Elise introduced herself and, stunningly, Erika repeated her name back to her. Elise then presented the bear to Erika, thinking that the patient might throw it back at her. Instead, Erika placed the bear on her bed railing and gently stroked it.
“I thought: ‘Wow, this is really cool,'” says Elise, who referred to it as a “God-wink moment.”
It got even better. Elise told Erika that she was from Stuttgart and asked Erika where she was from. Without hesitation, Erika, who was only 14 when World War II broke out, replied, “Berlin.”
The two women talked some more in German and moments later, Erika placed her hand on Elise’s cheek. Then she tenderly took Elise’s hand and placed it on her cheek.
Another God-wink moment.
For her second visit, the NorthBay volunteer brought along a book of German children’s songs. When Elise began softly singing, the “uncommunicative” patient happily joined in while holding Elise’s hand the entire time. Later, Elise, an avid knitter, presented her new friend with what she calls a “twiddle” blanket.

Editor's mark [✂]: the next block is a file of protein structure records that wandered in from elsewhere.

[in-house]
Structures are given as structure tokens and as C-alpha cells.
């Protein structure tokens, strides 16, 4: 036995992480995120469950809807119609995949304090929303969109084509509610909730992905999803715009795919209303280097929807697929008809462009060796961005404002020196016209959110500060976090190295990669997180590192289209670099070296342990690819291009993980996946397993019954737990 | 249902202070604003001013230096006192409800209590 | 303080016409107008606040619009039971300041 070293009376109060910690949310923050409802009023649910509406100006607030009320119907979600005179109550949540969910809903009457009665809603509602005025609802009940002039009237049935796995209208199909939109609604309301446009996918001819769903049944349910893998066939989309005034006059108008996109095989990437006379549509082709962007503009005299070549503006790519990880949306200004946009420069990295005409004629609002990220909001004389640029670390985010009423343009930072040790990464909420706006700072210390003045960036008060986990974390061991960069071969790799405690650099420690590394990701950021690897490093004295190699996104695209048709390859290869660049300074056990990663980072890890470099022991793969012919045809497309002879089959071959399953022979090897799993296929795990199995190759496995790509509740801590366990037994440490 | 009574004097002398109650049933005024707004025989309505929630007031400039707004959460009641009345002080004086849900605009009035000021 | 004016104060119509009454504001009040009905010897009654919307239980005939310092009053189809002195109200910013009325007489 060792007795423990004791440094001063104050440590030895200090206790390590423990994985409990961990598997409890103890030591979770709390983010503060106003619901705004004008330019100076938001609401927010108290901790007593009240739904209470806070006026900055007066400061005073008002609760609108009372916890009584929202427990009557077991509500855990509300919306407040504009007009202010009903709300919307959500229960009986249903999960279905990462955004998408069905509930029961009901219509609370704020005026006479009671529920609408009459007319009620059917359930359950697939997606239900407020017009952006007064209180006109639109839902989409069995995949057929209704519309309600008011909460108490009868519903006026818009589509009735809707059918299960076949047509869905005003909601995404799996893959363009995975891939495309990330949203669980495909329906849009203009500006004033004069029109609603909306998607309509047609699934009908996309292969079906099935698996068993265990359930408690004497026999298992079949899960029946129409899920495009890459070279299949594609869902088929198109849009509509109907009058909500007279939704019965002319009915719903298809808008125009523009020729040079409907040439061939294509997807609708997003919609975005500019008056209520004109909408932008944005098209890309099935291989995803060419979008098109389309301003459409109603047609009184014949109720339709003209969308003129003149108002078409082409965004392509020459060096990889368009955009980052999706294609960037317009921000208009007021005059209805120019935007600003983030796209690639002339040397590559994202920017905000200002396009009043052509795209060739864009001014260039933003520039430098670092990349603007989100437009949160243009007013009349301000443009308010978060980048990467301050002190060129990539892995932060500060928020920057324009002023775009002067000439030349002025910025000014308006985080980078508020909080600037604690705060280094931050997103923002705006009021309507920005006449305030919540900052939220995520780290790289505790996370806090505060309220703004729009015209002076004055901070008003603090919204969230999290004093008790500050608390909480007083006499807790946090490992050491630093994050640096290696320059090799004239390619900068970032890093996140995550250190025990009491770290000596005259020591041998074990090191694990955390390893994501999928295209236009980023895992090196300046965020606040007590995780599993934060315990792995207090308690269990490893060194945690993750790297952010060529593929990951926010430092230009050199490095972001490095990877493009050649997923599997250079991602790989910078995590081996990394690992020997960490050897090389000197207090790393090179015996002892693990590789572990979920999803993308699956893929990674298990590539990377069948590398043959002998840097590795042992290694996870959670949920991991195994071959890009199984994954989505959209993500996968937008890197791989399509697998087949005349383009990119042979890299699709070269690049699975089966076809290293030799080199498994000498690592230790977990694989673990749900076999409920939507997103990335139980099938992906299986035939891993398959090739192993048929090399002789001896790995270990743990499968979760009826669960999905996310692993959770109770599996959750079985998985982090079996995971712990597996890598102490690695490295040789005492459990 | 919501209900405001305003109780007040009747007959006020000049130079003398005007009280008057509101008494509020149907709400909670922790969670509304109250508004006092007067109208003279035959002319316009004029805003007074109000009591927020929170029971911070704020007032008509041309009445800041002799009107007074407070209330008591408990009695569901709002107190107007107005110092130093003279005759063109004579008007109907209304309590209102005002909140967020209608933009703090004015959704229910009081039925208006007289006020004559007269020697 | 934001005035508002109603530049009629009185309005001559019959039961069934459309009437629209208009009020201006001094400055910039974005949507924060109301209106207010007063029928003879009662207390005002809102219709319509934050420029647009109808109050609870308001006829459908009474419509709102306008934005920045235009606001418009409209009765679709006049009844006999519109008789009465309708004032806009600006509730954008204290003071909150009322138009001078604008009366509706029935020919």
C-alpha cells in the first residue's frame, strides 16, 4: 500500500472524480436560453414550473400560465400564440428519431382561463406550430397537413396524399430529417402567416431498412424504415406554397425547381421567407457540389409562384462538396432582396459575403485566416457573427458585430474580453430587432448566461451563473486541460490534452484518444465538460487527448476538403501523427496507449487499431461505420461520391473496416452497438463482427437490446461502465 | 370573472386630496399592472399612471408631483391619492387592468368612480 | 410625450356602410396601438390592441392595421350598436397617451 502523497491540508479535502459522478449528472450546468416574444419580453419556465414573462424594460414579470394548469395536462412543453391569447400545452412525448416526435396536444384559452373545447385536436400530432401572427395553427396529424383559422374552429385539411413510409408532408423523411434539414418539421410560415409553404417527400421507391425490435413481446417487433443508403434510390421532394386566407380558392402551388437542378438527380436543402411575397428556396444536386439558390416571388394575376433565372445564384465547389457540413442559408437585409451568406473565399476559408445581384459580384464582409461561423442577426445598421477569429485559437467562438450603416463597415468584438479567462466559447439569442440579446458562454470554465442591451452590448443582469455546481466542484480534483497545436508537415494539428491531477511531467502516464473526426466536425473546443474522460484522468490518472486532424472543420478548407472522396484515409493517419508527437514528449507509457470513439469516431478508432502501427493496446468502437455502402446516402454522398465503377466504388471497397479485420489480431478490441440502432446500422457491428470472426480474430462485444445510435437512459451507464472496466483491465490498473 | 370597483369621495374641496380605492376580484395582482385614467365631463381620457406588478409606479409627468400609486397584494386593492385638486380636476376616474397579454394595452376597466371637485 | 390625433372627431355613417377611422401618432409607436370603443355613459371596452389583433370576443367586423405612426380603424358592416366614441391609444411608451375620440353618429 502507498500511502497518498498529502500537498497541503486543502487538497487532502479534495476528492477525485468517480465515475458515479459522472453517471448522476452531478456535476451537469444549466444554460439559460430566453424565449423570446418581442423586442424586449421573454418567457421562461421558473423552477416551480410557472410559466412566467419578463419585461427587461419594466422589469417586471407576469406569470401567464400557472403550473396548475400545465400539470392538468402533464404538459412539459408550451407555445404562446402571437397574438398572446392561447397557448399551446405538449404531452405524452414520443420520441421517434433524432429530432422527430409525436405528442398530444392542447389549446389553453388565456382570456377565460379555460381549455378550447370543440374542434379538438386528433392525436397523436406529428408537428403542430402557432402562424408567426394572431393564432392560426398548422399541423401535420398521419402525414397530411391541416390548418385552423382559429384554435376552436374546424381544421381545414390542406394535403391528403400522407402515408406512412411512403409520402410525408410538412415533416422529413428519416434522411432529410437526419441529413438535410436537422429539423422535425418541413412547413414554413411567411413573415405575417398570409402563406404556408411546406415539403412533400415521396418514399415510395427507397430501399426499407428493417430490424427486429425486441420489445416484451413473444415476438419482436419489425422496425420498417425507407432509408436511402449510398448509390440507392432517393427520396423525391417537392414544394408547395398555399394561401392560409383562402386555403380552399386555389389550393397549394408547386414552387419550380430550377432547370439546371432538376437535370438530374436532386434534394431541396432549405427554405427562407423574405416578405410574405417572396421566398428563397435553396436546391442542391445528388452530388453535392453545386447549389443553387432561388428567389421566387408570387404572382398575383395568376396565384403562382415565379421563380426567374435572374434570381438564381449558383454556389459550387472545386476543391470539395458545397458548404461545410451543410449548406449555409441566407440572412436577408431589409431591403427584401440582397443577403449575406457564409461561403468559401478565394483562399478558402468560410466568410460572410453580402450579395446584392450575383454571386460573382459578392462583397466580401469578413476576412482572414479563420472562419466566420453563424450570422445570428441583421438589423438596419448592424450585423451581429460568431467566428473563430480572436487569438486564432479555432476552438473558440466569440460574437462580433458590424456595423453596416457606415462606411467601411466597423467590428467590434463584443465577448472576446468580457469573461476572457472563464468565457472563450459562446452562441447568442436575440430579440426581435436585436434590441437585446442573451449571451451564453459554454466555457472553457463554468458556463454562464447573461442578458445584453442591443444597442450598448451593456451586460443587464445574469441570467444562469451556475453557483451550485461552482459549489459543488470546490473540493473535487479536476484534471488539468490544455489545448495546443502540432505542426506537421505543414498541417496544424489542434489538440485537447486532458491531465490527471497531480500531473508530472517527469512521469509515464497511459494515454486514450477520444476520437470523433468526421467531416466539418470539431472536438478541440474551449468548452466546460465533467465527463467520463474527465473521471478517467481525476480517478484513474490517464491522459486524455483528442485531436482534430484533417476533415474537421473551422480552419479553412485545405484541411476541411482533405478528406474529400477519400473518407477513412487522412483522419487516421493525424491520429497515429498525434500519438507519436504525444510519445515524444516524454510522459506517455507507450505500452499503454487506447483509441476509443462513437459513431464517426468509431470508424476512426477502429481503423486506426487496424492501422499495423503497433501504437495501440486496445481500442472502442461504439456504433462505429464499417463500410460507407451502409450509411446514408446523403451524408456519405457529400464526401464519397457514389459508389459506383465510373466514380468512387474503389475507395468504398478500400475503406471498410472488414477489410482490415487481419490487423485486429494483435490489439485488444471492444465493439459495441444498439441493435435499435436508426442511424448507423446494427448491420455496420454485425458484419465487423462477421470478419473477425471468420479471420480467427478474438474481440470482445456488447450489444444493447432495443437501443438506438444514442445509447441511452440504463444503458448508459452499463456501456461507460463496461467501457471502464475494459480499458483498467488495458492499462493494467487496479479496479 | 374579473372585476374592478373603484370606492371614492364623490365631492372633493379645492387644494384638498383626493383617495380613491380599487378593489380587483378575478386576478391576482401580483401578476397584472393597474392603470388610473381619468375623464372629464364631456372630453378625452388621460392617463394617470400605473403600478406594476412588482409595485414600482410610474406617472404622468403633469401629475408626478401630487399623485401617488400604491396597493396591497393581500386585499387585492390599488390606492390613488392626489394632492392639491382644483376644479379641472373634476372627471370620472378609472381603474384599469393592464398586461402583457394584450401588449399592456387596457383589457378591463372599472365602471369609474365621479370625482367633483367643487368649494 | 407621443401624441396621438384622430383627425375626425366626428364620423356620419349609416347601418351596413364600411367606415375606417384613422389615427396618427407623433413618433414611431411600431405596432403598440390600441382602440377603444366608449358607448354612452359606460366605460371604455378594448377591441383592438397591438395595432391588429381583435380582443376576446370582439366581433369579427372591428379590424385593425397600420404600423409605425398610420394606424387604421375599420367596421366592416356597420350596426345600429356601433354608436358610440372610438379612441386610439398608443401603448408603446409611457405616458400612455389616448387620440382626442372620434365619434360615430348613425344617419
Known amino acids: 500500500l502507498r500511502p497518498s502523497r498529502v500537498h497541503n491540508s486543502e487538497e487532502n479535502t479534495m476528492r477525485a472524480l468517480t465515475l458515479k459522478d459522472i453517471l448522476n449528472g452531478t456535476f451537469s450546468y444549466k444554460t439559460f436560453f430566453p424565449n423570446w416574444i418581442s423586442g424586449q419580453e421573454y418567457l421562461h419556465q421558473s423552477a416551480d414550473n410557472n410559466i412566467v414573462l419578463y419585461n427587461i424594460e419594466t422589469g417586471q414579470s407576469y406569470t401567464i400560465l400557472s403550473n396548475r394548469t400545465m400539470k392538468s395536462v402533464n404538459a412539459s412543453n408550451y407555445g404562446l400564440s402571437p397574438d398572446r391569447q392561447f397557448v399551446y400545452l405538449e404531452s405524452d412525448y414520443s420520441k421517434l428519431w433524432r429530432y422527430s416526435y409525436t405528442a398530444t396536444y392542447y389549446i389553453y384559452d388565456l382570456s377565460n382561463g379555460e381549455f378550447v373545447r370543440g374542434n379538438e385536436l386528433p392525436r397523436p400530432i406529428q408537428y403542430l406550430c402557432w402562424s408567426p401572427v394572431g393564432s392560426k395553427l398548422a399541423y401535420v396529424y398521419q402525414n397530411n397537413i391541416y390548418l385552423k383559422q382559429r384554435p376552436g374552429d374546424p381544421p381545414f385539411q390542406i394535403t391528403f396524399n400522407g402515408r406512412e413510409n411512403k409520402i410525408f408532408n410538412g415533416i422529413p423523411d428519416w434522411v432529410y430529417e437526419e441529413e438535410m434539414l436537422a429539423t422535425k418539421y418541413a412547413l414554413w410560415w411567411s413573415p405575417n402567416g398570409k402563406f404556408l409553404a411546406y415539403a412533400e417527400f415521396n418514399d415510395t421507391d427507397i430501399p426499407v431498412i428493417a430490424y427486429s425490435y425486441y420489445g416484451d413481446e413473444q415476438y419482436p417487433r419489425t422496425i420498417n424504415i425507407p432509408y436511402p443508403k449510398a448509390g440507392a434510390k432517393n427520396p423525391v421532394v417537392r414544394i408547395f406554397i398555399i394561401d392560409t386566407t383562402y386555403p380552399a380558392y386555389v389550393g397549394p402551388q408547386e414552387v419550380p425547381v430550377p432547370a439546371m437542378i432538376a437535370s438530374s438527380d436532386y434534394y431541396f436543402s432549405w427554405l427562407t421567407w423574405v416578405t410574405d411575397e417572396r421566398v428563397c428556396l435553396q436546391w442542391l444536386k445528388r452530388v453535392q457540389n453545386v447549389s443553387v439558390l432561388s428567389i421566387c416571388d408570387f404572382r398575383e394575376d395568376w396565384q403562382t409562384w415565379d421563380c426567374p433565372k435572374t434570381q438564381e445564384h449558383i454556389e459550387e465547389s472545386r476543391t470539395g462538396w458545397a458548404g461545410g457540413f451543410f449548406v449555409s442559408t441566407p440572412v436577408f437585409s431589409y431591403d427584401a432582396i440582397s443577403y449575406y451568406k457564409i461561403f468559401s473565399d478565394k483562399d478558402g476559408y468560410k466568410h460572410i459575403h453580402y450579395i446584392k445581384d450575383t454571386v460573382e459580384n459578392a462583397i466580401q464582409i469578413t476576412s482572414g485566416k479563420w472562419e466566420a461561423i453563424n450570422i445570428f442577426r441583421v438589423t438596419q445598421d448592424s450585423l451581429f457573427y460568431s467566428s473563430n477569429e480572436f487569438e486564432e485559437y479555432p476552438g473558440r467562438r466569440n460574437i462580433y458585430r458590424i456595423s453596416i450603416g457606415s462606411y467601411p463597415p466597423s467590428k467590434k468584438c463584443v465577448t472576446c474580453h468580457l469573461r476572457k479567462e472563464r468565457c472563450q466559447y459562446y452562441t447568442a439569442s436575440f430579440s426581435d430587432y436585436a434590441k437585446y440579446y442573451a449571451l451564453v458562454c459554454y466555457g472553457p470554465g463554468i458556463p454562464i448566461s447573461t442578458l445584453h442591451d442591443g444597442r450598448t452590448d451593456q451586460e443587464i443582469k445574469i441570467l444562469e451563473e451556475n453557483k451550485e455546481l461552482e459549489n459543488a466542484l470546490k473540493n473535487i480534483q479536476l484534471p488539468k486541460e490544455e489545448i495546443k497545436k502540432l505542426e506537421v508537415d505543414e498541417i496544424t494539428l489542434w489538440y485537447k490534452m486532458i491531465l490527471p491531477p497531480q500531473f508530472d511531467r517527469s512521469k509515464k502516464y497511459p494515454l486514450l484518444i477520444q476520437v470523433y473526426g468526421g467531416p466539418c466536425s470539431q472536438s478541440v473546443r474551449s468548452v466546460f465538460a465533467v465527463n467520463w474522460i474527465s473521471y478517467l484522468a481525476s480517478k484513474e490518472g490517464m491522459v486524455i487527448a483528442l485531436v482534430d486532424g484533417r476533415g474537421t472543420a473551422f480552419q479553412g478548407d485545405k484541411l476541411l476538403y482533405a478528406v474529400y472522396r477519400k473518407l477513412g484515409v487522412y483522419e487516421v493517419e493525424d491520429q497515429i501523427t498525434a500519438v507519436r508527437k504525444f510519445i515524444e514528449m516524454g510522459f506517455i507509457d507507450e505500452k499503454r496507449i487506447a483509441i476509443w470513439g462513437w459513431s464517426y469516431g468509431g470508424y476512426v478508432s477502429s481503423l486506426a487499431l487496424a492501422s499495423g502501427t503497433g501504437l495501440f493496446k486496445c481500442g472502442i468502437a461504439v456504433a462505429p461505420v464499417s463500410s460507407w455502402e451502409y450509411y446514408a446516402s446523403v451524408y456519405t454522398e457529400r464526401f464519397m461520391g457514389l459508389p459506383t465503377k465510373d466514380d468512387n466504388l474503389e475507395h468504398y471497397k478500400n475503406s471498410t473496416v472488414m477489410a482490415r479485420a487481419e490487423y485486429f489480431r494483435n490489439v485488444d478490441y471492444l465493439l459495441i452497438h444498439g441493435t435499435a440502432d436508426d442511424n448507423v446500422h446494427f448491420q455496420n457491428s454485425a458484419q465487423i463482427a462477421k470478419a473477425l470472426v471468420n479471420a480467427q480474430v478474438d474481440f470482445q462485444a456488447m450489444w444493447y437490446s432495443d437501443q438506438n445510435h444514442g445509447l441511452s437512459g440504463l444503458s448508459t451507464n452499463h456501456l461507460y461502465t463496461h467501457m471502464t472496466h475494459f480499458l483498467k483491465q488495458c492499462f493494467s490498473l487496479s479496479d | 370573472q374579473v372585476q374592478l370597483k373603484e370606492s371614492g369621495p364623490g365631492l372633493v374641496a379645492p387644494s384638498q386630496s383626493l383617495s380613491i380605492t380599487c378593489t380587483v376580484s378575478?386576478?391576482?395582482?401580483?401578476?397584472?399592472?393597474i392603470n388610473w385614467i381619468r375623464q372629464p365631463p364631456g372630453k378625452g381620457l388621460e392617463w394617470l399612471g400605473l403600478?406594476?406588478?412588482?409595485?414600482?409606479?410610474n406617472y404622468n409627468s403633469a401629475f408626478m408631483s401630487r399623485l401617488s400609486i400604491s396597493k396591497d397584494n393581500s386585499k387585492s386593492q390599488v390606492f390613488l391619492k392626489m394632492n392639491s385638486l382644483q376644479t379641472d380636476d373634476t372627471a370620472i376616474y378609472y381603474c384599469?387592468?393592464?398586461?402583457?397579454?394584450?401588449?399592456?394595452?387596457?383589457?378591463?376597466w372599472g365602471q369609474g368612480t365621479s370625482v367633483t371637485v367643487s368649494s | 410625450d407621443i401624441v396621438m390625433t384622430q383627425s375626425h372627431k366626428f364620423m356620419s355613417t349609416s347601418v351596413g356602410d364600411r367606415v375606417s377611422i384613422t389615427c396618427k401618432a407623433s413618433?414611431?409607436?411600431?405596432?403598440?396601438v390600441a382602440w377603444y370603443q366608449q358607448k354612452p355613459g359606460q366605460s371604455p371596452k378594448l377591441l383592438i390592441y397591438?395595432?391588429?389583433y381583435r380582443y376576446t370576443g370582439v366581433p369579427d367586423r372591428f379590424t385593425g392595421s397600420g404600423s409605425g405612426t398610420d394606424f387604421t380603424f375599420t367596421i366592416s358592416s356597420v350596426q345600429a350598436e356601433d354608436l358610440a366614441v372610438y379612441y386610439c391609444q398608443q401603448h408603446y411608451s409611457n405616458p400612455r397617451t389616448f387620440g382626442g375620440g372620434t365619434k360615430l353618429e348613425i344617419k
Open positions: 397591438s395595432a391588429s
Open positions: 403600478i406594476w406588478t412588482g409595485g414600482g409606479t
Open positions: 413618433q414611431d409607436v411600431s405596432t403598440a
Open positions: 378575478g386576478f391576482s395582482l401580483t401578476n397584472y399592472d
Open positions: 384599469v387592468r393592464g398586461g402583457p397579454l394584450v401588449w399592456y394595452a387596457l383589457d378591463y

“She touched and played with it the whole time I was there,” Elise says. “That was awesome.”
Sandy beams with pride as Elise tells her success story. “Elise did everything she’s supposed to do,” she says. “She made a safe environment. She reached (Erika) where she’s living. That’s exactly what we want to do.”
As for the foreign language interplay, Sandy explains that most Alzheimer’s patients live in their “mind’s eye,” and not necessarily in the environment around them.
“I’ve learned over the years, that, as people progress with the disease, they actually go backward in time,” she says. “… In many cases, they start living as younger.” Hence, Erika has reverted to her childhood language.
“We need to appreciate Alzheimer patients where they’re living and treat them in that time frame. It works out a lot better,” says Sandy, who points out that Erika’s penchant for tossing objects most likely was borne of frustrations over her inability to communicate with those speaking English.
Family members are frustrated because their loved one has ceased being the person they’ve known their whole life.
Sandy has witnessed a great deal of frustration during her 35 years in the field. Alzheimer’s patients are frustrated, and frightened, she says, because they are losing their memory, a huge part of who they are. Family members are frustrated because their loved one has ceased being the person they’ve known their whole life.